As for focus, I don't know about Nikon cameras, but I always use One Shot unless I have a moving subject in good light. Then I use AI Servo. I use the center focus point/recompose method, although in a no-win situation such as dim light and close subject, I will use the closest focus point. Sometimes I will pre-focus or zone focus. It depends.
  18. "So, to be safe, what apertures do you use?"

    This will tell you what you want to know. To be safe shoot everything at 5.6 and 8. That's safe.

    But shooting a wedding is not a series of "safe" moments. If all of your shots are that way you will not have any shallow DOF which is what I think you are saying is your desire. That's why you bought the 2.8 lenses right?

    You can't have it both ways. But in order to shoot shallow DOF and still know you are getting acceptable shots....there's where study, practice, and years of experience come into play.

    You may like your artistic shots of in-focus eyes and softer backgrounds, but to your bride's aunt Mabel from Nebraska, they will be a lot of blurry pictures. You will need to know when to apply each and every aperture setting and combination of settings that your camera and lenses are capable of giving you in order to achieve an acceptable mix of pictures.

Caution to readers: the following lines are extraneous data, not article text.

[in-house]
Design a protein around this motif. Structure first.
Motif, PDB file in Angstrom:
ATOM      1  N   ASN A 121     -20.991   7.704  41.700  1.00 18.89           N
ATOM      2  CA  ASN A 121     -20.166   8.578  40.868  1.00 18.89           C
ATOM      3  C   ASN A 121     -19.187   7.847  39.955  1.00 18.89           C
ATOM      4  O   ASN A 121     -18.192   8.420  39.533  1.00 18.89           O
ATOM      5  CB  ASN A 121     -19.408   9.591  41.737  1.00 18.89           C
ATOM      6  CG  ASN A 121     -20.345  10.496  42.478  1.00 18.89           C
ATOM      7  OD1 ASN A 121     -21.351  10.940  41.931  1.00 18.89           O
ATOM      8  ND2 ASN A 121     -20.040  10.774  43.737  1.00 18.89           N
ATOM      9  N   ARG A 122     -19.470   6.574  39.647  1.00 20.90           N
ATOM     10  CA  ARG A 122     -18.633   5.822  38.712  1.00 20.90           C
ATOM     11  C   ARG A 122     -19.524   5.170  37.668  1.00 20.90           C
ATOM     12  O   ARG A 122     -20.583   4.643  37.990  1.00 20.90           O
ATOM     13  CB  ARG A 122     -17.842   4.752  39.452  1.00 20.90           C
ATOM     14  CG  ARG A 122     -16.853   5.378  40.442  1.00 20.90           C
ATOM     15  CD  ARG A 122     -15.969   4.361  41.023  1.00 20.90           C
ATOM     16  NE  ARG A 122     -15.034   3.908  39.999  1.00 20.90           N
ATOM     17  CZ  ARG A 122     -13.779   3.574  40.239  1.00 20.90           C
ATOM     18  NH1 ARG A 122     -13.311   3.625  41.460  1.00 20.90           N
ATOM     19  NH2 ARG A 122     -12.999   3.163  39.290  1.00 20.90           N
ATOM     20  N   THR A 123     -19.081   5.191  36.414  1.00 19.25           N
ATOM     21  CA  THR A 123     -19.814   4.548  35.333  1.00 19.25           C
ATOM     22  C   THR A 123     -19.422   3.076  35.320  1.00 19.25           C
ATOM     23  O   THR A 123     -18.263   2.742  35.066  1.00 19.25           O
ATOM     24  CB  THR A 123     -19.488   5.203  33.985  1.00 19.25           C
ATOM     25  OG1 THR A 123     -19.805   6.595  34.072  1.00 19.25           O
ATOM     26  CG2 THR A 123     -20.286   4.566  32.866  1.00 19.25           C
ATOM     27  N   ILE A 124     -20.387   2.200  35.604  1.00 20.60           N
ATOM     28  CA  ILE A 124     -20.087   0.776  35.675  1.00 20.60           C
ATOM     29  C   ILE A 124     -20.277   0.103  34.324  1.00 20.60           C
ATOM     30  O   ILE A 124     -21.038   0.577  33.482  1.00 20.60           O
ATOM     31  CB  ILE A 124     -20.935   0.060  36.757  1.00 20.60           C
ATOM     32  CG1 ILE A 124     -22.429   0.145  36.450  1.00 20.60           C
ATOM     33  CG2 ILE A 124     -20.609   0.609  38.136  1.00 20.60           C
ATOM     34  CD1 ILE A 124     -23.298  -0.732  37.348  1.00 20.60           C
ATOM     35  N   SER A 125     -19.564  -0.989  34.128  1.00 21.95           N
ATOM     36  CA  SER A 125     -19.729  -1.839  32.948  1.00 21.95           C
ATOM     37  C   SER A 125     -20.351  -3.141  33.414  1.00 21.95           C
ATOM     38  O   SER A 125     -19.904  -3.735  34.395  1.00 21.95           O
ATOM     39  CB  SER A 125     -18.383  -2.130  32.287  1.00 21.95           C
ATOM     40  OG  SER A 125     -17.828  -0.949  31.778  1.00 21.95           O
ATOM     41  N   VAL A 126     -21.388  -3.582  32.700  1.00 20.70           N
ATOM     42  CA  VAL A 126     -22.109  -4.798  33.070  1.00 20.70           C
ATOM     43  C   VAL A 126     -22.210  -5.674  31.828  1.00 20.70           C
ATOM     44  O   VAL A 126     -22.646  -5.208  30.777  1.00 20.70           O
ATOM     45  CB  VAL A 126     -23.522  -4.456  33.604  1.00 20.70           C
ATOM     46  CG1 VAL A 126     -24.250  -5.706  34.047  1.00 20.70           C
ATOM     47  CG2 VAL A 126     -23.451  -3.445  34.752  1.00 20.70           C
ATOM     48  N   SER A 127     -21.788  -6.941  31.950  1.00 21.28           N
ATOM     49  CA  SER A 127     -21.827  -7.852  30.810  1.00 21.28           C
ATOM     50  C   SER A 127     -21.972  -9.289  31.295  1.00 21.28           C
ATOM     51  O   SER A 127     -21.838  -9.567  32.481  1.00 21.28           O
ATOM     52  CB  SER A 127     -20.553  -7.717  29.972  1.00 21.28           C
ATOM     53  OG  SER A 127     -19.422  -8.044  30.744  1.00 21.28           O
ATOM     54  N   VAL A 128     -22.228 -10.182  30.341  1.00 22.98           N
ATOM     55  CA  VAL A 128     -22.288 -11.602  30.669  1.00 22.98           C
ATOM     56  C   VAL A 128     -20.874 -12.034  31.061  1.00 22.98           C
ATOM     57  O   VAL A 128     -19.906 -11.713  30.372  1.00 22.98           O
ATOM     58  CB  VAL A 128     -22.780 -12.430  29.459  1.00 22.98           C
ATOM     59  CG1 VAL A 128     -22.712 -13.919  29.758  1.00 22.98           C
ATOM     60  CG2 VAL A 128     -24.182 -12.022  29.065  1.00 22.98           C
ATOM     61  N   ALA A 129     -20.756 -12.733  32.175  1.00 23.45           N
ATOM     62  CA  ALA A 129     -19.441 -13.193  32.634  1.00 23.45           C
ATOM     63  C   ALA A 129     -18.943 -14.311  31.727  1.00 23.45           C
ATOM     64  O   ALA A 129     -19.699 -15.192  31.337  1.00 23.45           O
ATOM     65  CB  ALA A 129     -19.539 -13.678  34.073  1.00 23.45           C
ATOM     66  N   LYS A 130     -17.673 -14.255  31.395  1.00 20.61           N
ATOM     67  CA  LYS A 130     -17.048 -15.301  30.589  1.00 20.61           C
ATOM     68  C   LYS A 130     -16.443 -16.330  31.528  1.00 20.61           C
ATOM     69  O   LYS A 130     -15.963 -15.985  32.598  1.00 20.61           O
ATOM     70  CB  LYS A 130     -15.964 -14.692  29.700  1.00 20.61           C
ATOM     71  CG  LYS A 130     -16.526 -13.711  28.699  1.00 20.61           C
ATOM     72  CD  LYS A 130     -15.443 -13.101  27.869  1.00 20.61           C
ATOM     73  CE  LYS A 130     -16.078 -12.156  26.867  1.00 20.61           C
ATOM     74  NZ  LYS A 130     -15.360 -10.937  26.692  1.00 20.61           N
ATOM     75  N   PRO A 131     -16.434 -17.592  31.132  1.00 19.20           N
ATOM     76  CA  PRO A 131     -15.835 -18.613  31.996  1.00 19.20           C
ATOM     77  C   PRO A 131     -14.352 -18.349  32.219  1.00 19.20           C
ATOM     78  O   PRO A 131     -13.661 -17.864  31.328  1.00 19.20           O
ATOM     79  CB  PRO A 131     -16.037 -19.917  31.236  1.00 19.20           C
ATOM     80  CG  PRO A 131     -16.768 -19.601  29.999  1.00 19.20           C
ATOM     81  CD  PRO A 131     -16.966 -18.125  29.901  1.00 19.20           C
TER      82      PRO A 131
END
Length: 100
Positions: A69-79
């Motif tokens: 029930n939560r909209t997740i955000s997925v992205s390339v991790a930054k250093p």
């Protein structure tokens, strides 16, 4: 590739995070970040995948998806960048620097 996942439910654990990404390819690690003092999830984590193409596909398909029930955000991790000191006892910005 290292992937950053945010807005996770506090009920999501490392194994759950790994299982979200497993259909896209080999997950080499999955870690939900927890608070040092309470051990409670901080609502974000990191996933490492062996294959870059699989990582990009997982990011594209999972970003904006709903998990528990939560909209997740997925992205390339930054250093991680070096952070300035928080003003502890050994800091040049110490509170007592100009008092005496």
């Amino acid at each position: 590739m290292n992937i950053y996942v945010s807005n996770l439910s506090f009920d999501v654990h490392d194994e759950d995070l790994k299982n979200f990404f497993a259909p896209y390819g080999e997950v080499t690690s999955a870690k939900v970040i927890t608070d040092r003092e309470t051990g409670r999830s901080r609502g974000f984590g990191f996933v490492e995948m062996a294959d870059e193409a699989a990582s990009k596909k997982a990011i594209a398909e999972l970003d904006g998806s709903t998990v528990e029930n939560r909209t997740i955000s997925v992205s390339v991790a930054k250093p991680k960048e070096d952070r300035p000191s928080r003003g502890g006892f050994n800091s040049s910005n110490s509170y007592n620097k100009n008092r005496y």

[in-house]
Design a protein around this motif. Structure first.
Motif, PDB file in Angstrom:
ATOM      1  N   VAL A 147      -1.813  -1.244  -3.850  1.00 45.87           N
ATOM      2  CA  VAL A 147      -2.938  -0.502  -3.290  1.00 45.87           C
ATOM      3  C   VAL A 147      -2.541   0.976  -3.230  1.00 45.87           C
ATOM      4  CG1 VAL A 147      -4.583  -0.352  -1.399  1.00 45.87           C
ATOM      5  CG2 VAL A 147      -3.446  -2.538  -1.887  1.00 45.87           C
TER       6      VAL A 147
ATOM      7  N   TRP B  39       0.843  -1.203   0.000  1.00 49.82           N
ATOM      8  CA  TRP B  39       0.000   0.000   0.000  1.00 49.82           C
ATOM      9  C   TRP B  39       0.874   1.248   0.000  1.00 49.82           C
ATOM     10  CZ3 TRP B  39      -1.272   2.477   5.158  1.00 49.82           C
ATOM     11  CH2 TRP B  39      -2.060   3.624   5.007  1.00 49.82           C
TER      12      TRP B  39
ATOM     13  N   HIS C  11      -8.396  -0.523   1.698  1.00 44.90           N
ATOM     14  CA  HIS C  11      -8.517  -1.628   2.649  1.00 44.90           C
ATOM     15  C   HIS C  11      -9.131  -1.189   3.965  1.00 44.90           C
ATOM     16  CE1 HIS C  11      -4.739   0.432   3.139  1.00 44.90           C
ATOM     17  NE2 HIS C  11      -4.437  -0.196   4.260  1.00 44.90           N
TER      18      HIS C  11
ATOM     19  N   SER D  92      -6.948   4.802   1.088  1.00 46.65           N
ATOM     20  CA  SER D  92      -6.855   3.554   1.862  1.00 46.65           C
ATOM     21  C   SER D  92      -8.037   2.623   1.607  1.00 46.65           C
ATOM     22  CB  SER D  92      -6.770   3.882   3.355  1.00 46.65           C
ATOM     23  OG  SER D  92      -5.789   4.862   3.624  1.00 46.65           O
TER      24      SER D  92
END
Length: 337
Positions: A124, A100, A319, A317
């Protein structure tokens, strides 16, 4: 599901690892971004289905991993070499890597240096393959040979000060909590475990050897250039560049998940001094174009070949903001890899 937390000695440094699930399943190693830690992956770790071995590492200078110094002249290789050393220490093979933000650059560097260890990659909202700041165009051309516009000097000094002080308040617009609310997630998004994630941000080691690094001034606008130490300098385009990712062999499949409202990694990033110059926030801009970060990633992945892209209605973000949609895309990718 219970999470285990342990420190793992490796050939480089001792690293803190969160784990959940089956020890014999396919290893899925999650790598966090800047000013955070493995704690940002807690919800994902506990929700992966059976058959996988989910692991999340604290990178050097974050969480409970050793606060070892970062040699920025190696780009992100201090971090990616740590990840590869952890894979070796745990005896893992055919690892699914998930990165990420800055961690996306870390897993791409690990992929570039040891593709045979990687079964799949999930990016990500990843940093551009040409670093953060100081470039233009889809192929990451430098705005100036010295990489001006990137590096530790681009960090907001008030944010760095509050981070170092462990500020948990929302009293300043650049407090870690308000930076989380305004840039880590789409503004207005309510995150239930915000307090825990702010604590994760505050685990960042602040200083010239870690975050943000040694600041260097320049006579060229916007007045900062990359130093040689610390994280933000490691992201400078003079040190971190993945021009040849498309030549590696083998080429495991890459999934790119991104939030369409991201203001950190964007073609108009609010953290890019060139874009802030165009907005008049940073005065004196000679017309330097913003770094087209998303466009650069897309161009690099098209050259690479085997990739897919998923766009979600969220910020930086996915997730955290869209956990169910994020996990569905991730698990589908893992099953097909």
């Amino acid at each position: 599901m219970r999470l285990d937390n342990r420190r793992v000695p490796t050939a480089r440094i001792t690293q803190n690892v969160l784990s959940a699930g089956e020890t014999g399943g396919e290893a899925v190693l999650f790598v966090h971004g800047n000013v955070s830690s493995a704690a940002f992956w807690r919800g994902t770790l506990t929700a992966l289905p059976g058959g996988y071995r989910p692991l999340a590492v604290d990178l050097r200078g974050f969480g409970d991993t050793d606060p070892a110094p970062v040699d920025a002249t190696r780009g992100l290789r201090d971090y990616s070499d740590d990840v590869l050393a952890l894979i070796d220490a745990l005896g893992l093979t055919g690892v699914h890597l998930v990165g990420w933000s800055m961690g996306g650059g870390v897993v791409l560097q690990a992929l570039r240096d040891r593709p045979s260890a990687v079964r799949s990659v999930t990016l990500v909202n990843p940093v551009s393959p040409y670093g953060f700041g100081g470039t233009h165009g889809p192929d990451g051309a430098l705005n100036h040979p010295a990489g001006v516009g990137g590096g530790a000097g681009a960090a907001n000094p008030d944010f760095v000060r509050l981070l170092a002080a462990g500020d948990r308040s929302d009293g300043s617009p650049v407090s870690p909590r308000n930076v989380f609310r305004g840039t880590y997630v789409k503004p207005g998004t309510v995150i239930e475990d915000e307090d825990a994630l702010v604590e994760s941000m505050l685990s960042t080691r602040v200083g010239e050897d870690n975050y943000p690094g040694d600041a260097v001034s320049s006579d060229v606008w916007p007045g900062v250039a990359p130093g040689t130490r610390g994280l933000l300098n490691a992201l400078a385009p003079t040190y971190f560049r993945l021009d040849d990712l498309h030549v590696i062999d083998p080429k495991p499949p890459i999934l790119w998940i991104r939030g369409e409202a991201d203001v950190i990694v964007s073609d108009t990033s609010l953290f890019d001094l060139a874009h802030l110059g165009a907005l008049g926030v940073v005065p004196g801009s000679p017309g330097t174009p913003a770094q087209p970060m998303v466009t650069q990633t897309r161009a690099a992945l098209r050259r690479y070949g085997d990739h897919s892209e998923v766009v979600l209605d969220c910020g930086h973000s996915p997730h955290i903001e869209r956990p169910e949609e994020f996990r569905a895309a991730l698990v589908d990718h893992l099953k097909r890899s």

Also, you may find you need a different setting at every angle in a 360 degree radius as your light varies.
    How can you choose only one setting and be sure you nailed it?

    Don't worry, as a brilliant music teacher once said, "there's nothing 20,000 hours of practice won't fix".

  19. "I'm tempted to use them wide open because, like a lot of people, I like shallow depth of field images - it makes the photo 'pop'!. But I'm conscious that this might result in a lot of out of focus shots when people are on the move, e.g. "